Dad Leaves 2-Year-Old Sleeping in Car During Arizona Heat Wave. She Was Later Found Unresponsive and Died

Authorities believe that the child could have been left in the vehicle anywhere from 30 minutes to an hour, and say the investigation is ongoing

A 2-year-old girl died after being left inside of a car alone on Tuesday, July 9, during the ongoing Arizona heatwave.

The Marana Police Department (MPD) said in a statement that initial information revealed the girl's dad "arrived home while she was asleep in the vehicle" and that he "left the vehicle on and running in the driveway, with the air conditioning on" while the child was inside it.

He then went inside. When the child's mother arrived home, "the child was discovered in the vehicle, which was no longer running and the air conditioning was off."

After calling for help, authorities arrived at the scene shortly after 4 p.m. local time.

The child was unresponsive and after attempting to resuscitate her, the child was "immediately transported to the hospital," where she was pronounced dead.

Related: 4-Month-Old Baby Dies on Lake Havasu Trip with Family During Record-Breaking Heat: 'Beyond Devastated'

In an update on July 10, police said that on the night the incident occurred, detectives applied for and were granted a search warrant.

When reached for comment by PEOPLE on July 11, a spokesperson said that "at this time, we do not have any additional information to provide other than what we’ve already released via social media."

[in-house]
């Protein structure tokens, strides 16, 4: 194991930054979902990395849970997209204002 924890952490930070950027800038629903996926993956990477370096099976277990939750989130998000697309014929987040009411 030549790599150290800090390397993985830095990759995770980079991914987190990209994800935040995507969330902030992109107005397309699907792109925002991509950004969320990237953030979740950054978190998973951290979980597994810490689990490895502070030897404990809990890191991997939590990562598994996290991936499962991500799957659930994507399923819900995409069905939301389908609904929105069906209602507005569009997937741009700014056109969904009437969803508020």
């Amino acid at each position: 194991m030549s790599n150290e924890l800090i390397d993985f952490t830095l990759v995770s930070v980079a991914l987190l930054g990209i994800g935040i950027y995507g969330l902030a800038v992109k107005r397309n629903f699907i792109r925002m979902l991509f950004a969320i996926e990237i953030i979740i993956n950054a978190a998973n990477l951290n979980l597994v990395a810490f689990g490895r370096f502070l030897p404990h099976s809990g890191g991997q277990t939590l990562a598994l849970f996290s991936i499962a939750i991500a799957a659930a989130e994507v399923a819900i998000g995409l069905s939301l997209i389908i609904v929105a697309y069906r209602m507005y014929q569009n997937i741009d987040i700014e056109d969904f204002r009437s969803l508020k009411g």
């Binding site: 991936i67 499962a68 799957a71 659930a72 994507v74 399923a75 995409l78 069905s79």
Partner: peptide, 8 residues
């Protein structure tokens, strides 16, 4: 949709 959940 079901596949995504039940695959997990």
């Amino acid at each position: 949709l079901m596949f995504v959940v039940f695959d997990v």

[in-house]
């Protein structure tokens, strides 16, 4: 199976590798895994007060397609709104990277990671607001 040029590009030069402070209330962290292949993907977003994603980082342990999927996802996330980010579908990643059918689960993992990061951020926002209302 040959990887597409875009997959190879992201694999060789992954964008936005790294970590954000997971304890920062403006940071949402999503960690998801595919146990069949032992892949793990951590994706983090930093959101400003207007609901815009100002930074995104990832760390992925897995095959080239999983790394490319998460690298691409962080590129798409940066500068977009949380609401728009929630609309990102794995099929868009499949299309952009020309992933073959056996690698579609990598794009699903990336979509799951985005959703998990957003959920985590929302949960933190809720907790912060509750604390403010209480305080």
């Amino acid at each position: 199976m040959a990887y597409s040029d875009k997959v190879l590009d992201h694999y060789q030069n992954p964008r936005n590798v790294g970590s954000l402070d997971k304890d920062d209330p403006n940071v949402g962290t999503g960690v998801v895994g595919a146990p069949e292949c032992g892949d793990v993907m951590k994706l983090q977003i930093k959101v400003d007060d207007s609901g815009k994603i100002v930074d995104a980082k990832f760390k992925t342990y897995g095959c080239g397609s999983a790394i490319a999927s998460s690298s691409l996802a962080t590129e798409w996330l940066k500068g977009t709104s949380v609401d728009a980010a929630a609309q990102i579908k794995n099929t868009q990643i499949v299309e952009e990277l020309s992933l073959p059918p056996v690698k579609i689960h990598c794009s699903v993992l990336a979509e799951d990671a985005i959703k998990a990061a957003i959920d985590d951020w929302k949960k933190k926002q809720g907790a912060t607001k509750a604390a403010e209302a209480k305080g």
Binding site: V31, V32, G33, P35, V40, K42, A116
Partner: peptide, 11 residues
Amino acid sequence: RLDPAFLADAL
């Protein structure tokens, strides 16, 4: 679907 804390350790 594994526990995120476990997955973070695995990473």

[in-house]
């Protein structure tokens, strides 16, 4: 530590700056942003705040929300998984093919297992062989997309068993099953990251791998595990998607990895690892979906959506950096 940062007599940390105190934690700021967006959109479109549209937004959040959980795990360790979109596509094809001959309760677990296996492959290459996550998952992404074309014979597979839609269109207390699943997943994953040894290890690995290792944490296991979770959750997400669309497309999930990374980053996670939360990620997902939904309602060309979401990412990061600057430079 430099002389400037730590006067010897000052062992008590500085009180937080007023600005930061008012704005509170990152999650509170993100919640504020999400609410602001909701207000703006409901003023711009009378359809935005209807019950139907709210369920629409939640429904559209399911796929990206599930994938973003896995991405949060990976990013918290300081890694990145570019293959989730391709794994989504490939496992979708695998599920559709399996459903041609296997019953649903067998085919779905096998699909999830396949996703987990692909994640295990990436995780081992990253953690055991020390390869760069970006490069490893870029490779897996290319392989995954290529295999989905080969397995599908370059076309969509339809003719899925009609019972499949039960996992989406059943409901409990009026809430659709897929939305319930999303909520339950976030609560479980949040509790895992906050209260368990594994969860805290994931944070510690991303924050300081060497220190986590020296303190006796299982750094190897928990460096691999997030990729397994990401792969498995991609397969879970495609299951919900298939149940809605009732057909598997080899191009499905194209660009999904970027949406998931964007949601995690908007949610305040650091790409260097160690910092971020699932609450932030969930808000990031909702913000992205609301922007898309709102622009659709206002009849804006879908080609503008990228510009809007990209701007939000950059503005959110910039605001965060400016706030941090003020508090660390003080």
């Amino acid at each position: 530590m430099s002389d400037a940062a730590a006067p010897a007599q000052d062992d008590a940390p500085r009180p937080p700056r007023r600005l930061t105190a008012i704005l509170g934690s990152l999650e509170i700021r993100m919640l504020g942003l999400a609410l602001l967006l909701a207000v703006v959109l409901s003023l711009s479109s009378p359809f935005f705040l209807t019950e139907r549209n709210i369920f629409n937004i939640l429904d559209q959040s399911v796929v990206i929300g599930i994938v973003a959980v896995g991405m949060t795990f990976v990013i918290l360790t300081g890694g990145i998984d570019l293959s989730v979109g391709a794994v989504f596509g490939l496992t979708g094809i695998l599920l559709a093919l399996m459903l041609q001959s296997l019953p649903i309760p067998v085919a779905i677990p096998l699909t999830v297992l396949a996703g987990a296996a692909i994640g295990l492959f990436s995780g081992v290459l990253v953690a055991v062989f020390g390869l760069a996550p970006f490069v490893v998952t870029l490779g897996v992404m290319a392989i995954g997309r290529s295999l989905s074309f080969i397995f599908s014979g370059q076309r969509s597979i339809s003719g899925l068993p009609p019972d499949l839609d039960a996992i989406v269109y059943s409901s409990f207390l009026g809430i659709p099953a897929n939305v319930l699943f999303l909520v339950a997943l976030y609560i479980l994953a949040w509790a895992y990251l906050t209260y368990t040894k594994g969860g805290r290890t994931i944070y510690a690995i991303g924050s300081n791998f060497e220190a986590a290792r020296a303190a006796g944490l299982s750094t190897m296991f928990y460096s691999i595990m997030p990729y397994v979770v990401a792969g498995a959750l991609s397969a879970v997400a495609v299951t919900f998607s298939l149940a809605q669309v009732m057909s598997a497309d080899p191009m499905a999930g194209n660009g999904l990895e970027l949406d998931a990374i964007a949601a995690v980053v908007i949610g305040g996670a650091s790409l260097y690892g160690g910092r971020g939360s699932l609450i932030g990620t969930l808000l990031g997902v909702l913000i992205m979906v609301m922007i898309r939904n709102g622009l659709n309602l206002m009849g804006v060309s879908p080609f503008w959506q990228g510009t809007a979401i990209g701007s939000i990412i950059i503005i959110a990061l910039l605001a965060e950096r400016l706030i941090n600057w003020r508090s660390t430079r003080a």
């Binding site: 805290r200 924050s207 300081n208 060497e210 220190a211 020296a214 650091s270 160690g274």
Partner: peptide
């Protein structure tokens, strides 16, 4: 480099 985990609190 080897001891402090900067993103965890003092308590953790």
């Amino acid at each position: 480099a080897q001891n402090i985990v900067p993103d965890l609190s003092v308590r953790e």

The investigation is ongoing.

Related: Prevent Hot-Car Deaths: A Checklist for Parents

Per local NBC affiliate KPNX, authorities believe that the child could have been left in the vehicle anywhere from 30 minutes to an hour, but have yet to confirm an exact timeline.

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“We are doing our interviews with the dad, any witnesses, neighbors, to determine if the car was still running, if the AC was still operational," Captain Tim Brunenkant told the outlet. "All we know is it was a hot car and the child was unresponsive, it was very hot, and it’s very tragic."

Temperatures in the area on the day of the incident ranged from 102 to 108 degrees, per the National Weather Service.

Related: What to Know About Hot Car Deaths and How to Avoid Them

Meanwhile in neighboring city Las Vegas, July 10, marked the city's fifth consecutive day of recording temperatures at 115 degrees or greater, according to the Associated Press.

The heat can be incredibly dangerous, especially for those who are more prone to heat-related deaths such as children, older adults, disabled individuals and those who work outside, according to the Department of Homeland Security.

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